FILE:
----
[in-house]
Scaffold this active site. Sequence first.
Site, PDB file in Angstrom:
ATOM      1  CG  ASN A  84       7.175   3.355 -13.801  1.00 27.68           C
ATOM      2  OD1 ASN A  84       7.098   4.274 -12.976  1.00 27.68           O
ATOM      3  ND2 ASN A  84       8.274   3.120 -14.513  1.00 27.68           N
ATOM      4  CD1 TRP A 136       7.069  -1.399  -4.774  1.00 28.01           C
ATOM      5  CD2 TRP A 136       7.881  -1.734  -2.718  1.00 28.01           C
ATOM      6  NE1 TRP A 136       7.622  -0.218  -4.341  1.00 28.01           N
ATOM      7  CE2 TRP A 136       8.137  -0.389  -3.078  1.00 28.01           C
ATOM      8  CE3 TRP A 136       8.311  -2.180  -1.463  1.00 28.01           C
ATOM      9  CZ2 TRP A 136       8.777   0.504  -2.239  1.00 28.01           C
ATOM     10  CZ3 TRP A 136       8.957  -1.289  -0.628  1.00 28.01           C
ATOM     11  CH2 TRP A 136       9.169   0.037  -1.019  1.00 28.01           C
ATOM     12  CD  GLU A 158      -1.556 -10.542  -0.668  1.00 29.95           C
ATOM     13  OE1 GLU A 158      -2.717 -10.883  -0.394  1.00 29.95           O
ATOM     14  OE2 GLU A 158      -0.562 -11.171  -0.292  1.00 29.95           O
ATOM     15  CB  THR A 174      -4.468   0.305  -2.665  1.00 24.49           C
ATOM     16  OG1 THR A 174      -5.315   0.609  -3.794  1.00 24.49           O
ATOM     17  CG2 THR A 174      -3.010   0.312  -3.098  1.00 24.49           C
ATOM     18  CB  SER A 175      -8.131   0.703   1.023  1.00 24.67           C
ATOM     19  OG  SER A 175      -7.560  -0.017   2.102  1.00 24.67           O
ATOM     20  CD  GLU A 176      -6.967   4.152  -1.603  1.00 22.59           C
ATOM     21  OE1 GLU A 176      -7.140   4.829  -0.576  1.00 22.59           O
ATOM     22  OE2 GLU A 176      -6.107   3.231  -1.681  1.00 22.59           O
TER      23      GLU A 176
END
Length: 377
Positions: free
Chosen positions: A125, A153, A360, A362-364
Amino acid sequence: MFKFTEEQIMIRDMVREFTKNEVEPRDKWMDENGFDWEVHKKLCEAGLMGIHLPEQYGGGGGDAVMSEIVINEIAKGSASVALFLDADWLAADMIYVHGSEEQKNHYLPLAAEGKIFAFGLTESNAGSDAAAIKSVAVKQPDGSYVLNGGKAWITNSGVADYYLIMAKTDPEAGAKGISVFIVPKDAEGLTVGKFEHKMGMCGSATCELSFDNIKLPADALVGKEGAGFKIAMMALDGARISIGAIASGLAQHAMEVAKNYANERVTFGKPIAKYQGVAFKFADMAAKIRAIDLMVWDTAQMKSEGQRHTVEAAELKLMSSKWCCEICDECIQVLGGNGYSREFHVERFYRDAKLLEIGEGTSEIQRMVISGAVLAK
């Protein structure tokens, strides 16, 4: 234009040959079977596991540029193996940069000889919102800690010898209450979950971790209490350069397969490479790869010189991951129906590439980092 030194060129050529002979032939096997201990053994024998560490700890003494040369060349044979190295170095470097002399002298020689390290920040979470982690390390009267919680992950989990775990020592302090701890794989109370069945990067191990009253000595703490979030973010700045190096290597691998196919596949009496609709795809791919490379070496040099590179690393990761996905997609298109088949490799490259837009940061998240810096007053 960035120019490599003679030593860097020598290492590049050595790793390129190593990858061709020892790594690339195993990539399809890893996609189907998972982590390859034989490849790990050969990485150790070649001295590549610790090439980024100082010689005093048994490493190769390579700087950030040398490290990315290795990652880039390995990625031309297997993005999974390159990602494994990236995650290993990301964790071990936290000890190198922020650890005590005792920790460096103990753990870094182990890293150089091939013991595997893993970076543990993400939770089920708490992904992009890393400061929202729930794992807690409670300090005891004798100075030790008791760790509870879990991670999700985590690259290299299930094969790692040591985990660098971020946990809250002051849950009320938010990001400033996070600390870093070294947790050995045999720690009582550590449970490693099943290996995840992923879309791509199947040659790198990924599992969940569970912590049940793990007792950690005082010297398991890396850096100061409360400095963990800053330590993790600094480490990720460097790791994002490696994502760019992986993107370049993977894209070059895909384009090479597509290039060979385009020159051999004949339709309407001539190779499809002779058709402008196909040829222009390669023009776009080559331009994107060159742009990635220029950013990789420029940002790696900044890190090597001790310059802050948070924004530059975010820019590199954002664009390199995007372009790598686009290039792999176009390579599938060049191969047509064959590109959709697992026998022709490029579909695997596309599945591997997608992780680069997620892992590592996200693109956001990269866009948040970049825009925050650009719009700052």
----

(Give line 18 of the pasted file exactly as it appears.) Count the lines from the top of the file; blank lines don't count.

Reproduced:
ATOM     15  CB  THR A 174      -4.468   0.305  -2.665  1.00 24.49           C